NWT curler Kerry Galusha and her team are making northern curling history as they prepare for a tournament that could send them to trials for the 2022 Canadian Olympic team.
Galusha emerged victorious at a “pre-pre-trial” event in Ottawa from September 22 to 26, clinching a win in a tight game against Jessie Hunkin from Saskatchewan.
Snagging one of two spots up for grabs, the team of four – skip Galusha, third Jo-Ann Rizzo, second Margot Flemming, and lead Sarah Koltun – now head to pre-trials in Liverpool, Nova Scotia at the end of October.
There, they’ll compete against seven other teams for a spot in a third tournament that decides who represents Canada in women’s curling at the 2022 Winter Olympic Games in Beijing.
It’s the first time the Northwest Territories has been represented in an Olympic trial process.
“We’re really excited,” Galusha, sister to fellow curling heavyweights Kevin and Jamie Koe, told Cabin Radio by phone. “It feels really good because our team has always worked hard and we’ve always tried to put the NWT on the map for curling.
“People always know the Koe name in curling, and they know who I am, and they know who my teammates are, but this is just seems like a whole other level. This event happens every four years, so it’s really exciting to just even have this chance.”
Injuries and workarounds
September’s tournament in Ottawa was hard-fought. The team weathered a lack of ice to practice on in the Northwest Territories and an injury that led to major position changeups.
Galusha is currently recovering from a herniated disc in her lower lumbar spine and dealing with pain in her left leg, hip, and glute. To help her recovery, the team has switched up the order in which members throw.
Jo-Ann Rizzo plays third on the team but has been throwing rocks last. Galusha praised her performance in September’s tournament.
“Jo-Ann played amazing,” she said. “In our final game, she made some unbelievable shots that I didn’t even know how we were going to score, and she bailed us out numerous times. She was on fire.”
Rizzo simply laughed.
“Sometimes when you’re feeling it, you’re feeling it,” she said. “Kerry did a great job reading the ice and with the strategy, so you put your trust in the fact that the broom is in the right place.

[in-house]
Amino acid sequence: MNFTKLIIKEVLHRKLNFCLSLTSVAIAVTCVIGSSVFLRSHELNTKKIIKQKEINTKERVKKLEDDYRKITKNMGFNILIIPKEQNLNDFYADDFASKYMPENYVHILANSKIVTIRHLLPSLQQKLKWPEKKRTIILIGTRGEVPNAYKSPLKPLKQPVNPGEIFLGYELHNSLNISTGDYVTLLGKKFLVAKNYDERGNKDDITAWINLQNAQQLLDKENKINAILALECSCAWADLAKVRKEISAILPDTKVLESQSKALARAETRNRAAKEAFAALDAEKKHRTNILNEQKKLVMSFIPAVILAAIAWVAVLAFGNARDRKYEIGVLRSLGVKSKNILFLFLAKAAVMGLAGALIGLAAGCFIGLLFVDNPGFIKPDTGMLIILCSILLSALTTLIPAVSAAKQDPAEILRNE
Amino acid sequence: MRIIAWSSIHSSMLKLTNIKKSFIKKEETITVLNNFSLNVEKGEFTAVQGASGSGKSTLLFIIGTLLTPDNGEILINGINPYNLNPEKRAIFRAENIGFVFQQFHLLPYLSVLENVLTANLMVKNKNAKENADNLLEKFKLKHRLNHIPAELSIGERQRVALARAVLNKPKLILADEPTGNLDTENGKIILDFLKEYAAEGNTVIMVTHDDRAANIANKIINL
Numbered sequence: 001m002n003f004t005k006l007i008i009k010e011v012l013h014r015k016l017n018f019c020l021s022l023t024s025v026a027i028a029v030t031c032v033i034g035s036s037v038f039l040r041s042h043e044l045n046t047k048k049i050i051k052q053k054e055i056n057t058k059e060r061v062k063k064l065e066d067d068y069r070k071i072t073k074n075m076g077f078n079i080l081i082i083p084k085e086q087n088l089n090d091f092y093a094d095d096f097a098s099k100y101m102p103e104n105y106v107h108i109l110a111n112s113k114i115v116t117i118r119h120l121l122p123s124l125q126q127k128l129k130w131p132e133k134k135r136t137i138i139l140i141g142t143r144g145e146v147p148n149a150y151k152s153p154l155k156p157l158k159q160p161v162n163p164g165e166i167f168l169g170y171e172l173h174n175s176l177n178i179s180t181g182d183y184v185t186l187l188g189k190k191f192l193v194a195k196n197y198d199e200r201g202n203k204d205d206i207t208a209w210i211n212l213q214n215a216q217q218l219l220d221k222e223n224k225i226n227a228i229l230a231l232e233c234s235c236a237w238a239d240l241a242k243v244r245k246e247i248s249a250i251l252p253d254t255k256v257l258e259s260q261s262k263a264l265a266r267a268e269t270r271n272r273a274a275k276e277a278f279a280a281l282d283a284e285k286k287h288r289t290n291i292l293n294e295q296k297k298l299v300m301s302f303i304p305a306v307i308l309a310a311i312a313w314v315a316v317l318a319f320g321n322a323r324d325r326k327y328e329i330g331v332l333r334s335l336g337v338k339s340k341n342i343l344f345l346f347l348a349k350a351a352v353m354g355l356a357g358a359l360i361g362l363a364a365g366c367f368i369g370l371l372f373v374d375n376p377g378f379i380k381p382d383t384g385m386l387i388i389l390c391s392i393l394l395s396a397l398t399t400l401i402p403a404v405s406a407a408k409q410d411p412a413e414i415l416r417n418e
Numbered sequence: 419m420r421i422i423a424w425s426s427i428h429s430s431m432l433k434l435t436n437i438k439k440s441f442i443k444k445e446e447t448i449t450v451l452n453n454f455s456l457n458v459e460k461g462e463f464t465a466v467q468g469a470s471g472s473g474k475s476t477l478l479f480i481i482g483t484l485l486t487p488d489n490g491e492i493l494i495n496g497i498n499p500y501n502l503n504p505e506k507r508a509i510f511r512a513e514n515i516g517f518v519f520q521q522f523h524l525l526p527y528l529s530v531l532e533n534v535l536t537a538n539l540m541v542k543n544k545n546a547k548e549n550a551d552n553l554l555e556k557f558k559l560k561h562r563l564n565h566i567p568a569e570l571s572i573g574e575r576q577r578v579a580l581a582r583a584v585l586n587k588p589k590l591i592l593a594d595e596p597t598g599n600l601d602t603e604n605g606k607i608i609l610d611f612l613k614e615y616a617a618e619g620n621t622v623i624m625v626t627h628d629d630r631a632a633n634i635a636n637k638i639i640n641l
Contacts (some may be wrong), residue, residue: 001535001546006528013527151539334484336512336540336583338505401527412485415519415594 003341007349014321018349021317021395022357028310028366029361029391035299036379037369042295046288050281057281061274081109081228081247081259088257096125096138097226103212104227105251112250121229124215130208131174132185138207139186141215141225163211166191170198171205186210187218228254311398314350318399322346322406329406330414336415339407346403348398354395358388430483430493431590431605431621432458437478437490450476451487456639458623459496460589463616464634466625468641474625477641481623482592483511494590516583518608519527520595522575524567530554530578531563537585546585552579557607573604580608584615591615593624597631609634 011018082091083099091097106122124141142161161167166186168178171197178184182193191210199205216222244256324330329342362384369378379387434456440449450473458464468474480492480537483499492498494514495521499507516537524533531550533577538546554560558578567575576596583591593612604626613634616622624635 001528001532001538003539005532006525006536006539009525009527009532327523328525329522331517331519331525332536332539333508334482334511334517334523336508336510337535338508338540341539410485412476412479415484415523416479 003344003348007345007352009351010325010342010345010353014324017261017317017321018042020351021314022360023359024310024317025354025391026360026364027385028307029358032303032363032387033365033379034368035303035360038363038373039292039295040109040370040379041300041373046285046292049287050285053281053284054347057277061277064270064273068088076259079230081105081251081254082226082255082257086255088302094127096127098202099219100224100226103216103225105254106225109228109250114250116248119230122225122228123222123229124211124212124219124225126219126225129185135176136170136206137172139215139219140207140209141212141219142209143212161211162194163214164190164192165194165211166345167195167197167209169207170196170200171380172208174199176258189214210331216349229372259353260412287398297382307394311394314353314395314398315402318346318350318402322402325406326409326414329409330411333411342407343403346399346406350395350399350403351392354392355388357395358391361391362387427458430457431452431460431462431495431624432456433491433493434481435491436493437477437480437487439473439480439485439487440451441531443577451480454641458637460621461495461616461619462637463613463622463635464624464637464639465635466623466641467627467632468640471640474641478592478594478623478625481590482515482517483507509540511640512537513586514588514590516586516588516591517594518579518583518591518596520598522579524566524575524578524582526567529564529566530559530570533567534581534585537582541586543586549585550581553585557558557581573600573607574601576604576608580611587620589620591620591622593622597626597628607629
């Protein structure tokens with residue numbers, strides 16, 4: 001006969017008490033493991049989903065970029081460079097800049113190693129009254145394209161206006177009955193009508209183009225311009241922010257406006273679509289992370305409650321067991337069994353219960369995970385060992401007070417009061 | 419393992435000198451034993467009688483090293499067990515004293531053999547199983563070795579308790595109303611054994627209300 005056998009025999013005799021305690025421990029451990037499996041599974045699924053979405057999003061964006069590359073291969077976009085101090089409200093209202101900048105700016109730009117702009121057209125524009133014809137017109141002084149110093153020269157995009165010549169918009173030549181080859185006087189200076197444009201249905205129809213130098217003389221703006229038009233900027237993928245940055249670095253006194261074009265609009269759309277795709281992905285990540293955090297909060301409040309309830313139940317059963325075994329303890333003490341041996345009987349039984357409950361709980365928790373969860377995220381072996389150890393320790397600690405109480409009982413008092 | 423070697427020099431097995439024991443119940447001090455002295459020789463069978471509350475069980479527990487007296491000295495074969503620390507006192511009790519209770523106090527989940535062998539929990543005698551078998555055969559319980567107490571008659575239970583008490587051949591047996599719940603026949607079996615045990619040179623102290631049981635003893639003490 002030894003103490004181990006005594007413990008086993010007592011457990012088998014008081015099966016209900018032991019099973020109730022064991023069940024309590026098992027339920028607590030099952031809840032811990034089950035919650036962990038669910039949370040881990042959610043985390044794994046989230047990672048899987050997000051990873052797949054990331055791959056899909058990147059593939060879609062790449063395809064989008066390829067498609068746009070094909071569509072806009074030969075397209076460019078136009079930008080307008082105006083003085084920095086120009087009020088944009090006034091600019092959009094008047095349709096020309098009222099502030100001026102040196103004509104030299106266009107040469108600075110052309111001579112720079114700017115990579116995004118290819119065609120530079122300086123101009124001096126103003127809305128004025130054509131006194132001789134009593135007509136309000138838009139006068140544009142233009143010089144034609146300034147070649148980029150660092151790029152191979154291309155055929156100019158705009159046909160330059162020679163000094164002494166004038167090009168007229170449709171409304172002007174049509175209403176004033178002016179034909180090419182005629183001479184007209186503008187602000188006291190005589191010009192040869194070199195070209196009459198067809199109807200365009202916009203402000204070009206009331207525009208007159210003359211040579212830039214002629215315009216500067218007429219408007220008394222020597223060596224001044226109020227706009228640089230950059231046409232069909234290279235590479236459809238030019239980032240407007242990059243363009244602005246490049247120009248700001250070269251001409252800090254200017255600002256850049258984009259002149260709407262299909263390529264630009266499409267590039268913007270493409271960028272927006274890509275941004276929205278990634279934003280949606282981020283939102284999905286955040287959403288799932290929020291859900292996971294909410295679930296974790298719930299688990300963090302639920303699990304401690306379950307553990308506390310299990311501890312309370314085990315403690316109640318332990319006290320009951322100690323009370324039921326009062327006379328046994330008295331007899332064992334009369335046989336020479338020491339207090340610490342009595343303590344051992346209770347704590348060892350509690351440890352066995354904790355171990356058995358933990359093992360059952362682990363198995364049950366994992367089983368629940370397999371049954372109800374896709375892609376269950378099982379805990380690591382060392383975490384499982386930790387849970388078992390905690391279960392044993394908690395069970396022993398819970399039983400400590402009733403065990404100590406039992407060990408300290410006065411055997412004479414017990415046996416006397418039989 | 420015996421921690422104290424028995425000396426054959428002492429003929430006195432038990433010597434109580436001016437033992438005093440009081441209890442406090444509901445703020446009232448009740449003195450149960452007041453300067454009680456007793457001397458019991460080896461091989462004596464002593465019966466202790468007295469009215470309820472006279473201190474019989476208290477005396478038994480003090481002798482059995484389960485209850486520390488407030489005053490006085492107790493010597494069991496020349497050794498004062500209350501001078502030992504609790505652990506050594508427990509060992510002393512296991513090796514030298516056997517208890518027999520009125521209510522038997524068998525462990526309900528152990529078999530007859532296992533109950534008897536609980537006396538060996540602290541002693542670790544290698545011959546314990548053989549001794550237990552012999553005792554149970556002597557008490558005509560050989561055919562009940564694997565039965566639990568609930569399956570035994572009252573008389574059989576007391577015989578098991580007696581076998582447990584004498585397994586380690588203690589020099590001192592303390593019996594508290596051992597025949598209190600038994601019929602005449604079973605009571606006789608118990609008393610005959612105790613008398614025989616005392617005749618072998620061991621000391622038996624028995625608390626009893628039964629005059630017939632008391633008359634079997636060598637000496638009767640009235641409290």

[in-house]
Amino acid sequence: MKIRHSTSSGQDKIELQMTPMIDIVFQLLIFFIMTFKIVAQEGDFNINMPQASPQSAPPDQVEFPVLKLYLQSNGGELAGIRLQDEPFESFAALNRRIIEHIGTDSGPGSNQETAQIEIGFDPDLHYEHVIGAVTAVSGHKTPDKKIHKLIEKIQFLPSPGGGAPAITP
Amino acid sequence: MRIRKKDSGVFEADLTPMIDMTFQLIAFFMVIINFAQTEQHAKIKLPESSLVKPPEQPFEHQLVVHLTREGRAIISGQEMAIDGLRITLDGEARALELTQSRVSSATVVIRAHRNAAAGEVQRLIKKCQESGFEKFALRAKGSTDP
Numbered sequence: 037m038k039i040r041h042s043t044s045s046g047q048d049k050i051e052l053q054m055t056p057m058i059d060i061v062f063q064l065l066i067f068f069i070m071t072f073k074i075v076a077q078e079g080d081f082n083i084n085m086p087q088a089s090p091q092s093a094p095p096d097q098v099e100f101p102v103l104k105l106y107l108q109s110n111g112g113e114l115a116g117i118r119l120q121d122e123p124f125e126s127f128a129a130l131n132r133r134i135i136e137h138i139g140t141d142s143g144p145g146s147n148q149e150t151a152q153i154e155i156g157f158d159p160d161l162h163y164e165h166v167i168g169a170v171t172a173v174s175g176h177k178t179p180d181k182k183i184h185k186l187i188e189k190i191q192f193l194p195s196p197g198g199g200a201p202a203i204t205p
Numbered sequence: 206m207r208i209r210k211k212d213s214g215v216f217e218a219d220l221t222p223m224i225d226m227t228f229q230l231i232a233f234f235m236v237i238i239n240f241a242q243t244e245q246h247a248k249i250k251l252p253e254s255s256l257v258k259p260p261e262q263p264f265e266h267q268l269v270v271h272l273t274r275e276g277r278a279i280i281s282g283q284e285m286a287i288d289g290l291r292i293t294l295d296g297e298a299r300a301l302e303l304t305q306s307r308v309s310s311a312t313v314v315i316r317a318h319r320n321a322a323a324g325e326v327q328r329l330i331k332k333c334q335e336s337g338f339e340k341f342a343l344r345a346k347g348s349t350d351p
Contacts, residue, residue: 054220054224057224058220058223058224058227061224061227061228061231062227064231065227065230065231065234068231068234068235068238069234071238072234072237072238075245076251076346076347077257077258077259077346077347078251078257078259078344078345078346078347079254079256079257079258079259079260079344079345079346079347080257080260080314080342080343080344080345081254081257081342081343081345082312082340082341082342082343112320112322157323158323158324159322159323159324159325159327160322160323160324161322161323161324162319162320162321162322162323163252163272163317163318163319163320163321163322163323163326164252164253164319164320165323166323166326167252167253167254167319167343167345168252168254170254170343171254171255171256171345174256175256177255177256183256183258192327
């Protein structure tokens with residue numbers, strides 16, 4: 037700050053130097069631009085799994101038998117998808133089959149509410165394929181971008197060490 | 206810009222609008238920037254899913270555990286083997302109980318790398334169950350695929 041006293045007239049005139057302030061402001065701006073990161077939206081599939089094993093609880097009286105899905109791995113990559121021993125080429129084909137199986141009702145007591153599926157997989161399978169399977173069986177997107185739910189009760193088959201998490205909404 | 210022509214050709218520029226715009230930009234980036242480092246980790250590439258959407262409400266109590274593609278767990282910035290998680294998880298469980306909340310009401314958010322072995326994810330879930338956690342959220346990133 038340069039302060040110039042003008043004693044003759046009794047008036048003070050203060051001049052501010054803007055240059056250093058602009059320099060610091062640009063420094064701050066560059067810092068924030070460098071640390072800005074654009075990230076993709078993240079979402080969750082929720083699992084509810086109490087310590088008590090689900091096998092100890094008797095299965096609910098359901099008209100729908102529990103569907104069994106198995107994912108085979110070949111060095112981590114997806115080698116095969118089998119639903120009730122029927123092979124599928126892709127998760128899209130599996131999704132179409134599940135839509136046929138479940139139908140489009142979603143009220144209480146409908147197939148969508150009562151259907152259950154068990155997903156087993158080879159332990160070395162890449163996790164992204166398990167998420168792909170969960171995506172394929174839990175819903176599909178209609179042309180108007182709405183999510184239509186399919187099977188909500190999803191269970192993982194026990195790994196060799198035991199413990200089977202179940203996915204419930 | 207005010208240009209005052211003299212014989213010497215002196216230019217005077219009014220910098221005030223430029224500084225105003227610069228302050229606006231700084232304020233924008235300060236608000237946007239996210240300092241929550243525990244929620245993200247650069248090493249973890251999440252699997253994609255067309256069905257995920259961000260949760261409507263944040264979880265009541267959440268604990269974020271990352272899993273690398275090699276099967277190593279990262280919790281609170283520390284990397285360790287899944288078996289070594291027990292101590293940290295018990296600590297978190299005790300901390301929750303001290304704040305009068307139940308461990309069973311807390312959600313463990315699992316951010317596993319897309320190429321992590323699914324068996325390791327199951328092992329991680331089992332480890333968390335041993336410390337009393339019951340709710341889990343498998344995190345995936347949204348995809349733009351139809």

“Sometimes, that works out.”
Still riding high after Ottawa, the team must prepare for one of its biggest tournaments to date. Pre-trials are set for October 25 to 31 in Liverpool, Nova Scotia.
Galusha’s rink will compete in a tournament in Oakville, Ontario this weekend to get more practice time. She said the weeks leading up to the Nova Scotia pre-trials will be about strategizing as a team and getting focused with a sports psychologist.
“It’s going to be tough to come out of the pre-trials,” Galusha said. “There are 14 teams and only two come out, but we’re guaranteed six games down there. In curling, anyone can beat anyone on every given day, so we just hope that we get better and more consistent.”
Rizzo, who is from Ontario and is the one out-of-jurisdiction player each team is allowed, has competed at the Olympic trials before with well-known curler Sherry Middaugh.
“I competed in Winnipeg, and that was to go to the Sochi Olympics,” she explained. “We lost in the final … we were one game away.
“The crowd was overwhelming, but I think you get used to that and you just try to do what you’re out there to do. With Covid, I don’t think crowds are very big these days anyway.”
Galusha said the team is just happy to have the opportunity to compete.
“We never really cared much about the points chase,” she said, “but this year, we’re getting points, we’re winning money, and we’re having fun doing that.”